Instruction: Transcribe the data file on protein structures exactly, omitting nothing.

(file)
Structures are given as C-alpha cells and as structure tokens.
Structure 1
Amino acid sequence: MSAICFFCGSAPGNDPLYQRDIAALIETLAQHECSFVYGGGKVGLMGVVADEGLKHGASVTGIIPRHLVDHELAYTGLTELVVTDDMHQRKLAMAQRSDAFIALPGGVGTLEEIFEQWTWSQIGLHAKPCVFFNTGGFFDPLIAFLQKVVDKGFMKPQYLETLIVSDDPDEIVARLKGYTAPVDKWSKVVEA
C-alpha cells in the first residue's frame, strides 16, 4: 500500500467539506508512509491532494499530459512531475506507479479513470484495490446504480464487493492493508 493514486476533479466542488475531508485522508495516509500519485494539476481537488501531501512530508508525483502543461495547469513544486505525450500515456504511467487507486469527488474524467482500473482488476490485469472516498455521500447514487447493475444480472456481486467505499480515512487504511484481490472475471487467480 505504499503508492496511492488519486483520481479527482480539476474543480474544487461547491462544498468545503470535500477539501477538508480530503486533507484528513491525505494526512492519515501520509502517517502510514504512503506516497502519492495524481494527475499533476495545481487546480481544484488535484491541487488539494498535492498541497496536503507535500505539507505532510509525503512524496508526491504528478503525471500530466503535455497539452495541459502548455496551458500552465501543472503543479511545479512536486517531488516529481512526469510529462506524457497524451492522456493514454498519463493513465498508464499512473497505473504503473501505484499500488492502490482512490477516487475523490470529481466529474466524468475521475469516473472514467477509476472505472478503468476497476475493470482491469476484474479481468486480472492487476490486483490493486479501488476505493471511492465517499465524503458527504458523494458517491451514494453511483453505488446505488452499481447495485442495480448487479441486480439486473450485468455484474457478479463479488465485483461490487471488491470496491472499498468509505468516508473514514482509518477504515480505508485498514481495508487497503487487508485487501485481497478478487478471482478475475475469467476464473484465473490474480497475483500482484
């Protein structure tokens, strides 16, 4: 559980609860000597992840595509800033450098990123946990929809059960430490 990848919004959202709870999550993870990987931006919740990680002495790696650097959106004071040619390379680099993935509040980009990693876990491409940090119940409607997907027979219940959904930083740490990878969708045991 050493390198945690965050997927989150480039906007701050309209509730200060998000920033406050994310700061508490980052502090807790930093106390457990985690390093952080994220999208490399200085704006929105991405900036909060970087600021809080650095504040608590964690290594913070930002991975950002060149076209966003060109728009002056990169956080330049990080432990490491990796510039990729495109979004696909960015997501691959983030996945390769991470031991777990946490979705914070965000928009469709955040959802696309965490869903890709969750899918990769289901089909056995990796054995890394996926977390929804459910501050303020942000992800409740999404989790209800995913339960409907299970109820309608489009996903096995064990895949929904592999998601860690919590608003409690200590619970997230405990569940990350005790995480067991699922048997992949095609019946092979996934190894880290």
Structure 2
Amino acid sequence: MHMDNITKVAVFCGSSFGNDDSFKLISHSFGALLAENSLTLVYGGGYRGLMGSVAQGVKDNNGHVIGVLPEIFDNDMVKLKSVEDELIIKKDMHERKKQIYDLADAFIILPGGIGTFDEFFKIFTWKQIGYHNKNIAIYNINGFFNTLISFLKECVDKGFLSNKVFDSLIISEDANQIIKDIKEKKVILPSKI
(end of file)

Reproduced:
Structures are given as C-alpha cells and as structure tokens.
Structure 1
Amino acid sequence: MSAICFFCGSAPGNDPLYQRDIAALIETLAQHECSFVYGGGKVGLMGVVADEGLKHGASVTGIIPRHLVDHELAYTGLTELVVTDDMHQRKLAMAQRSDAFIALPGGVGTLEEIFEQWTWSQIGLHAKPCVFFNTGGFFDPLIAFLQKVVDKGFMKPQYLETLIVSDDPDEIVARLKGYTAPVDKWSKVVEA
C-alpha cells in the first residue's frame, strides 16, 4: 500500500467539506508512509491532494499530459512531475506507479479513470484495490446504480464487493492493508 493514486476533479466542488475531508485522508495516509500519485494539476481537488501531501512530508508525483502543461495547469513544486505525450500515456504511467487507486469527488474524467482500473482488476490485469472516498455521500447514487447493475444480472456481486467505499480515512487504511484481490472475471487467480 505504499503508492496511492488519486483520481479527482480539476474543480474544487461547491462544498468545503470535500477539501477538508480530503486533507484528513491525505494526512492519515501520509502517517502510514504512503506516497502519492495524481494527475499533476495545481487546480481544484488535484491541487488539494498535492498541497496536503507535500505539507505532510509525503512524496508526491504528478503525471500530466503535455497539452495541459502548455496551458500552465501543472503543479511545479512536486517531488516529481512526469510529462506524457497524451492522456493514454498519463493513465498508464499512473497505473504503473501505484499500488492502490482512490477516487475523490470529481466529474466524468475521475469516473472514467477509476472505472478503468476497476475493470482491469476484474479481468486480472492487476490486483490493486479501488476505493471511492465517499465524503458527504458523494458517491451514494453511483453505488446505488452499481447495485442495480448487479441486480439486473450485468455484474457478479463479488465485483461490487471488491470496491472499498468509505468516508473514514482509518477504515480505508485498514481495508487497503487487508485487501485481497478478487478471482478475475475469467476464473484465473490474480497475483500482484
């Protein structure tokens, strides 16, 4: 559980609860000597992840595509800033450098990123946990929809059960430490 990848919004959202709870999550993870990987931006919740990680002495790696650097959106004071040619390379680099993935509040980009990693876990491409940090119940409607997907027979219940959904930083740490990878969708045991 050493390198945690965050997927989150480039906007701050309209509730200060998000920033406050994310700061508490980052502090807790930093106390457990985690390093952080994220999208490399200085704006929105991405900036909060970087600021809080650095504040608590964690290594913070930002991975950002060149076209966003060109728009002056990169956080330049990080432990490491990796510039990729495109979004696909960015997501691959983030996945390769991470031991777990946490979705914070965000928009469709955040959802696309965490869903890709969750899918990769289901089909056995990796054995890394996926977390929804459910501050303020942000992800409740999404989790209800995913339960409907299970109820309608489009996903096995064990895949929904592999998601860690919590608003409690200590619970997230405990569940990350005790995480067991699922048997992949095609019946092979996934190894880290």
Structure 2
Amino acid sequence: MHMDNITKVAVFCGSSFGNDDSFKLISHSFGALLAENSLTLVYGGGYRGLMGSVAQGVKDNNGHVIGVLPEIFDNDMVKLKSVEDELIIKKDMHERKKQIYDLADAFIILPGGIGTFDEFFKIFTWKQIGYHNKNIAIYNINGFFNTLISFLKECVDKGFLSNKVFDSLIISEDANQIIKDIKEKKVILPSKI